Can I give my dog Tylenol (A brief guide)

Can I give my dog Tylenol

In this guide titled “Can I give my dog Tylenol”, we will discuss what could happen if you give your dog Tylenol.

Can I give my dog Tylenol: is it safe for dogs?

The Can I give Tylenol to my dog question has gone through your head because you can’t bear seeing him/her in pain and you might be thinking it is a good idea since you are used to taking it all the time. However, Dogs shouldn’t be given ibuprofen, acetaminophen, aspirin or any other medicine meant to relieve pain in humans. 

You should contact your vet and get some professional advice about what your dog can take for pain. This will avoid the situation from escalating into a much worse and possibly resulting in a life-threatening condition. 

Can I give my dog Tylenol (A brief guide)

How Do Aspirin and other pain relievers affect dogs?

The reason why it is not recommended to give your dog Aspirin or other over the counter medicine for pain relief is because some of those over the counter medications belong to the category of nonsteroidal anti-inflammatory drugs (NSAIDs).

NSAIDs, work by inhibiting an enzyme called cyclooxygenase which produces hormone-like substances called prostaglandins that promote inflammation, fever and pain. On the other hand, prostaglandins are also responsible for maintaining adequate blood flow to the kidneys, secreting mucus to protect the inner lining of the gastrointestinal tract and allowing blood to clot normally (PetMD).

When the mentioned functions are affected by NSAIDs dogs can develop gastrointestinal ulcers, vomiting and diarrhea, loss of appetite, bleeding disorders, kidney dysfunction, and liver damage. Making this a life-threatening condition where your dog could die as a result of those complications. 

Symptoms of NSAIDs drug toxicity

There are some breeds that can have different manifestations when ingesting NSAIDs drugs.  If you have given your dog a drug that belongs to the family of NSAIDs being aware of the symptoms can help prevent a major complication or even save your dog’s life. Here are some of the symptoms related to NSAIDs toxicity according to PetMD:

  • Fever
  • Diarrhea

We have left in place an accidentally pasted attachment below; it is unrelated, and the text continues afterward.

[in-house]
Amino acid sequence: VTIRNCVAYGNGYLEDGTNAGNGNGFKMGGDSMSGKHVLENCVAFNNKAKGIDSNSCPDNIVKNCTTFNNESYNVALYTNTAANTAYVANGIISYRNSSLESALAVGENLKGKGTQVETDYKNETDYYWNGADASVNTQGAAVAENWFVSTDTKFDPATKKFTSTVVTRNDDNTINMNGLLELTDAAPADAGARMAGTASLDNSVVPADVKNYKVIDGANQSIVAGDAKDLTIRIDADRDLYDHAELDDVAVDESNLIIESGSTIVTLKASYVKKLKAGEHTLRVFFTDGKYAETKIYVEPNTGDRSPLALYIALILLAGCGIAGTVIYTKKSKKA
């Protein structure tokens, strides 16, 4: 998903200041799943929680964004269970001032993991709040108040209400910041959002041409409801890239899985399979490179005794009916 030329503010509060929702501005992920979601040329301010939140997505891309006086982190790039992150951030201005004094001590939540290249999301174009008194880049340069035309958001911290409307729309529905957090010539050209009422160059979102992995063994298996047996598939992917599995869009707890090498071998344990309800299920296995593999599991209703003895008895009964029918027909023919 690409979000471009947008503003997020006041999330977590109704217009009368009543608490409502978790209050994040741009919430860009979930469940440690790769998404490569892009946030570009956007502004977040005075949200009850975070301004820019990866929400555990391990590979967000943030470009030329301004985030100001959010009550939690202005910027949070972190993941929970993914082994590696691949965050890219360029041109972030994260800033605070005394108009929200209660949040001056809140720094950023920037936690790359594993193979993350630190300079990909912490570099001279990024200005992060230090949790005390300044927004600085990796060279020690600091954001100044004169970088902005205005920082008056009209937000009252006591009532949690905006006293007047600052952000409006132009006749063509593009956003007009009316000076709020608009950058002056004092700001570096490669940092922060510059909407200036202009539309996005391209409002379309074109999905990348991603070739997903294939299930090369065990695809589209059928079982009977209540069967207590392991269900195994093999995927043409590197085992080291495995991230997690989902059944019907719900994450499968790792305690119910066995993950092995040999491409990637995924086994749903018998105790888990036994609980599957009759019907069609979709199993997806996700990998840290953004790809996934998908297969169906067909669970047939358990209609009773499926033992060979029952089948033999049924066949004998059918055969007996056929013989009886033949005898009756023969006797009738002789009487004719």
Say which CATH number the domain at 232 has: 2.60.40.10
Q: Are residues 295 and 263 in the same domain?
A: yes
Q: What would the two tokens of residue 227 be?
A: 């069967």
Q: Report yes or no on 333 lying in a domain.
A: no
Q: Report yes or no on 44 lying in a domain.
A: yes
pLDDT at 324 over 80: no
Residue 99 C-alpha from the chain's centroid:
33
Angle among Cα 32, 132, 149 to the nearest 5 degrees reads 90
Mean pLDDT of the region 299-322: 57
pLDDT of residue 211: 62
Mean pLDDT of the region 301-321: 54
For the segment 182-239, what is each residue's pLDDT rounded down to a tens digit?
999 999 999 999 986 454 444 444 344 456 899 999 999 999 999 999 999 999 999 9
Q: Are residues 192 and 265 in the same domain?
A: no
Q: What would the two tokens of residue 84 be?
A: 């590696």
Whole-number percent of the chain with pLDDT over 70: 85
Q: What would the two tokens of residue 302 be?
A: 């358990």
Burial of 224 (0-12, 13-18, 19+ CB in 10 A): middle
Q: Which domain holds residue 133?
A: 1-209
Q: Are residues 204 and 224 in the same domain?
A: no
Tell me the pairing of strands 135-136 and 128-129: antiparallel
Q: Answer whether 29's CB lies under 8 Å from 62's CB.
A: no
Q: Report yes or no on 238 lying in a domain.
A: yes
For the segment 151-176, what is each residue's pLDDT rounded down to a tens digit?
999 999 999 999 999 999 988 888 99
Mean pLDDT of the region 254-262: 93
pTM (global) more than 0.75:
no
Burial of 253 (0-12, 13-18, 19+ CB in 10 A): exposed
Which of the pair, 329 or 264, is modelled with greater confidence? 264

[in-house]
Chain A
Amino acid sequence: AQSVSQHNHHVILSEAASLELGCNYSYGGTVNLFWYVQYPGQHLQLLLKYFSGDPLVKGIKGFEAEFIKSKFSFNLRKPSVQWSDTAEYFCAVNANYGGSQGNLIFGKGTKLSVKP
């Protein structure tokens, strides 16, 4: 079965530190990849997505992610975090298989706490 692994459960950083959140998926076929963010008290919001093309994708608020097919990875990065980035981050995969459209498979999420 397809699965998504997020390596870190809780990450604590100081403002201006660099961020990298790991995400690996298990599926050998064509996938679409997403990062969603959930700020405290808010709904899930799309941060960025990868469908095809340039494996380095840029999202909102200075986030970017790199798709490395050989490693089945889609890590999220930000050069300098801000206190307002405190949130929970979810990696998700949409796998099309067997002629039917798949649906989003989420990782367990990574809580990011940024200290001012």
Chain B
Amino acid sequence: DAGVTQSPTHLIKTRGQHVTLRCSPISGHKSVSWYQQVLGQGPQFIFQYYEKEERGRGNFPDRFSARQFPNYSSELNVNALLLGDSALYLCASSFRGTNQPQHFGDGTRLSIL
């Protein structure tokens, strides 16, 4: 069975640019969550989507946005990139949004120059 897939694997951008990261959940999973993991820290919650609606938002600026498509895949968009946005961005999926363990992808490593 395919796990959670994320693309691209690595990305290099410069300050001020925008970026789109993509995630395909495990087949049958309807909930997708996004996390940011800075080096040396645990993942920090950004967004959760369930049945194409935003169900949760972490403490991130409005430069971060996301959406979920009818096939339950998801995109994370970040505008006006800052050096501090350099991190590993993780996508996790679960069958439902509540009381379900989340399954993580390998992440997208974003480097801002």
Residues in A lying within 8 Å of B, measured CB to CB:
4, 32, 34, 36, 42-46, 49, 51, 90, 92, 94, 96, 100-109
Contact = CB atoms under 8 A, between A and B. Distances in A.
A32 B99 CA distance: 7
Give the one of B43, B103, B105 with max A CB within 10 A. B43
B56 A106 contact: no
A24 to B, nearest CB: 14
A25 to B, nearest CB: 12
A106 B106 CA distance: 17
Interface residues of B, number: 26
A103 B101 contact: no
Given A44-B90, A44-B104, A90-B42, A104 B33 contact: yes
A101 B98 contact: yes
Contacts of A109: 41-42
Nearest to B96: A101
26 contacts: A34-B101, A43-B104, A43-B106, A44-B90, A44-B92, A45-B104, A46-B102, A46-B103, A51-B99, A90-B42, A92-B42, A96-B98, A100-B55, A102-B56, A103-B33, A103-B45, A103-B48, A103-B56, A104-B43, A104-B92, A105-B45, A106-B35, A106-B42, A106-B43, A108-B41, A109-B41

• Dehydration
  • Abdominal pain
  • Sluggish behavior
  • Loss of appetite
  • Vomiting (sometimes with blood)
  • Loss of bladder control
  • Pale mucous membranes
  • Abnormally rapid heartbeat

Larges amounts ingested can incur in seizures or coma, and NSAID toxicity can result in sudden death. 

So, What happens with Tylenol?

Acetaminophen (Tylenol) is not considered an NSAIDs but it is still considered very dangerous when administered to dogs. 

It is still unknown how it exactly works but when a dog ingests toxic amounts of Tylenol, it can destroy their liver cells and damage their kidneys, converting hemoglobin into methemoglobin which results in poor oxygen being delivered throughout the body (PetMD). 

What Can I give my dog for pain?

Every medication you decide to give your pet needs to be approved by a veterinarian. This way you can avoid problems and also headaches. 

For dogs and pets in general, drug companies have developed also pain relief medications that have been tested and are safe for animals. Basically, the only information you need to take into consideration is your dog’s health status and any important medical history about procedures or any other important health-related conditions.

This will allow your vet to prescribe the best medication, the appropriate dose and even design a plan to monitor your dog’s health status.  An example of medication prescribed for dogs includes meloxicam, carprofen, and etodolac.

Are there other medical options for pain relief?

Yes, there are other options such as a dietary modification if your dog suffers from osteoarthritis and other cases can involve physical therapy, acupuncture, cold laser treatments, and other interventions. Always consult with your veterinarian so he/she can asses your dog and determine the best treatment option or options. 

Other Over the counter medications safe for dogs

According to Labrador Training, these are the over the counter medications that are considered safe for dogs:

  • Benadryl: This medicine treats allergies and itching, having the same effect as in humans. The recommended dose is ½ to 1 mg per pound of body weight.
  • Dramamine: This is used to treat motion sickness. Dramamine can be given before a car ride or a trip to make your dog feel relaxed and comfortable. The dose should be consulted with your vet.
  • Diarrhea medications: Kaopectate, Immodium AD, and Pepto Bismol can al, be used for diarrhea. The dosage amount should be indicated by your vet.

Tylenol Overdose: Help! My dog ingested Tylenol!

Some of the symptoms that indicate a Tylenol overdose in dogs according to Dogtime.com are:

  • Difficulties breathing 
  • Swelling
  • Drooling
  • Vomiting
  • Lethargy
  • Abdominal pain
  • Hypothermia
  • Yellow skin or eyes
  • Discolored gums
  • Brown urine
  • Shock
  • Collapse

One of the first things you vet could ask you is to induce vomiting to get rid of the Tylenol, but still, your dog will need emergency veterinary care since he/she might need to be given oxygen, IV fluids and amino acids to stabilize their condition.